This temple, known also as Kuan Tai, is located in front of St. Dominic’s Market, near Senado Square in the traditional commercial centre of Macao, built during the XVIII century.
Originally it was a meeting point for the Chinese bazaar merchants and other business representatives during the Qing dynasty, established in the neighbourhood of the temple, specifically in the streets Rua dos Mercadores, Rua das Estalagens and Rua dos Ervarios.
Its importance made the Magistrate of Xiangshan Country, then in charge of Macao, use the place to publish the bulletin of the Qing dynasty and later, the official edicts from Chinese Mainland authorities, as well as in other temples in Macau.
This temple has been related to business since its early days, so it’s logical that it is considered the predecessor of the Chinese Chamber of Commerce, which was formally established in 1913 and thus, relieving this temple to being a meeting point for business organizations, but it kept being a place for worshipping the deity Kuan Tai.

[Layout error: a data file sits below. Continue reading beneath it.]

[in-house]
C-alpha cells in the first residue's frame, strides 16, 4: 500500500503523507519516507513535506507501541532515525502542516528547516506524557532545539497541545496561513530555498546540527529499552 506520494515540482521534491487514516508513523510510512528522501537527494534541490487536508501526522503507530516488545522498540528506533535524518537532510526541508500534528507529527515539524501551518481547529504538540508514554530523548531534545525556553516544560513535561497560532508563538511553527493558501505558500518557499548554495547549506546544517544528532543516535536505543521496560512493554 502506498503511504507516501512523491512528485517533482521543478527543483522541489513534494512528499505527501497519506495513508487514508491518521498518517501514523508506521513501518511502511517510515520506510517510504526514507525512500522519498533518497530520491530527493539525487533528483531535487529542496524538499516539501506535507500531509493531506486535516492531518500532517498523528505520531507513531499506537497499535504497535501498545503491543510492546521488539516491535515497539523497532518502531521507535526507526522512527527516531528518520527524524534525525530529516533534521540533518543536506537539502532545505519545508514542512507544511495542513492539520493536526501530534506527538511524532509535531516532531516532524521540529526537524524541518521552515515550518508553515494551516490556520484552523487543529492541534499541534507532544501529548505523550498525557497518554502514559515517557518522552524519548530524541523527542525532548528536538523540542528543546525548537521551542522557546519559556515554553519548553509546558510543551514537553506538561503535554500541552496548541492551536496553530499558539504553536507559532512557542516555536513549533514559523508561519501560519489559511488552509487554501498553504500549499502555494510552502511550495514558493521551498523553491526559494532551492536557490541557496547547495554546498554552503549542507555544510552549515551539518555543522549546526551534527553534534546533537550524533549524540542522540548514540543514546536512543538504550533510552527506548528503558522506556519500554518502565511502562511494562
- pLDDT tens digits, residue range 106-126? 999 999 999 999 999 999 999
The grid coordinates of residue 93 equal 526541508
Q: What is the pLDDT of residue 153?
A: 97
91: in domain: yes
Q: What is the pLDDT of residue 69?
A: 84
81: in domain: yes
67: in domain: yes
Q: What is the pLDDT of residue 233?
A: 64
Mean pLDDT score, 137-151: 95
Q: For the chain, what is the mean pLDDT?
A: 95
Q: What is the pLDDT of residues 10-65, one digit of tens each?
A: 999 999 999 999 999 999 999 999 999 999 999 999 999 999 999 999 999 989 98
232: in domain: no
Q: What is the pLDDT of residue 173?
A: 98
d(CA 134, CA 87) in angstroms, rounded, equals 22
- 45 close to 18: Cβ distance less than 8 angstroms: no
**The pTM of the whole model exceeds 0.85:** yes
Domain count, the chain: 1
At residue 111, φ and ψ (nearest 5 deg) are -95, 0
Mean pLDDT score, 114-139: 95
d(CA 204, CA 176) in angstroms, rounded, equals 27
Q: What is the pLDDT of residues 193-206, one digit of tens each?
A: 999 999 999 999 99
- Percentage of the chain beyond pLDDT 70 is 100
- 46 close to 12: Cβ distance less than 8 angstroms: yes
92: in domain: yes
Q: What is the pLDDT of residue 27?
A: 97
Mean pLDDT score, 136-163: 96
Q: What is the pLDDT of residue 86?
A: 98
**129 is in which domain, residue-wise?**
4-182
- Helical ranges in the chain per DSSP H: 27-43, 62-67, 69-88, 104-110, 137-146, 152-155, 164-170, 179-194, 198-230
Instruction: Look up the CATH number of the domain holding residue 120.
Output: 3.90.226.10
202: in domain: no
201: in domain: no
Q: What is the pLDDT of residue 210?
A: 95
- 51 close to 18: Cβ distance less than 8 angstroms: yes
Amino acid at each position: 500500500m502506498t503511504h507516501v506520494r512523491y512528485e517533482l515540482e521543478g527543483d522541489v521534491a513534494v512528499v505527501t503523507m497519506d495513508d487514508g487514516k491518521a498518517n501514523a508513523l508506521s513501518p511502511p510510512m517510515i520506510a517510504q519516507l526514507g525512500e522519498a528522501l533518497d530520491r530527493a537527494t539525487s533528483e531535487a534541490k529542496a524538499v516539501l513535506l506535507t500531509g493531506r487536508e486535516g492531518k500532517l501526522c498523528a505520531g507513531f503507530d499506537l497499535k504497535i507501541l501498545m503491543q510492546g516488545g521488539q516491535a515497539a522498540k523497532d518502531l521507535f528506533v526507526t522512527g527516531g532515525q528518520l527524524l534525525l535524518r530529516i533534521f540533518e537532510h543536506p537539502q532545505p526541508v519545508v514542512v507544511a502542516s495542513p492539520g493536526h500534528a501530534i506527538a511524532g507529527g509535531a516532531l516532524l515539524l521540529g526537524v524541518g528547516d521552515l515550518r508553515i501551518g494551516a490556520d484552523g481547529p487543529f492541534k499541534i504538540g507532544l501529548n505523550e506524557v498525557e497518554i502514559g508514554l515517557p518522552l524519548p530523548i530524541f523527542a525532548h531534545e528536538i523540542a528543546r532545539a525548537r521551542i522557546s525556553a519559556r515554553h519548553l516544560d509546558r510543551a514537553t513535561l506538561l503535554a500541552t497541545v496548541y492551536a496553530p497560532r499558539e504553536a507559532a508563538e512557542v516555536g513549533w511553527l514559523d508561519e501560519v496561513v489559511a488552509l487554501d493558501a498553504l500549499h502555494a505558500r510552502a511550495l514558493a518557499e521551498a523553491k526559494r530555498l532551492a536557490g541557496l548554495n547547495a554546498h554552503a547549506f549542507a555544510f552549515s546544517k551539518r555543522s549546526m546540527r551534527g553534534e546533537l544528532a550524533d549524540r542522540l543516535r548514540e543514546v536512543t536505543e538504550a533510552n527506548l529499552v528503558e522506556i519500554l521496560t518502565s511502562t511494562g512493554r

Kuan Tai (關帝) is the Anglicized spelling of Guan Yu (who also has other names), an important general during the Three Kingdoms period, being now worshipped both in Taoism and Buddhism, and having shrines erected in his honour in a vast array of businesses, from police stations to restaurants.
Built by local Chinese tradesmen, the construction is basically western-style, but there are traditional Chinese ornaments and other details too, such as the roof decoration (Yingshan style), the recessed entrance and other ornaments in the exterior walls depicting scenes from old Chinese tales:
Mention apart is the Feng Shui distribution of the temple. Inside there is a small courtyard with a large bowl where incense and paper offerings are burnt. Beyond there is the main altar with an intricately carved front, the place for the Ritual Vessels.
Festivals to Kuan Tai take place in May and June. The temple’s keeper and his family use parts of the temple as their home, so if you see an old couple walking around and helping out tourist with their praying, it’s them!
You may also like:
- The Flickr set on this temple and its neighbourhood.
- A Flickr gallery on joss paper and hell bank notes, and other offerings.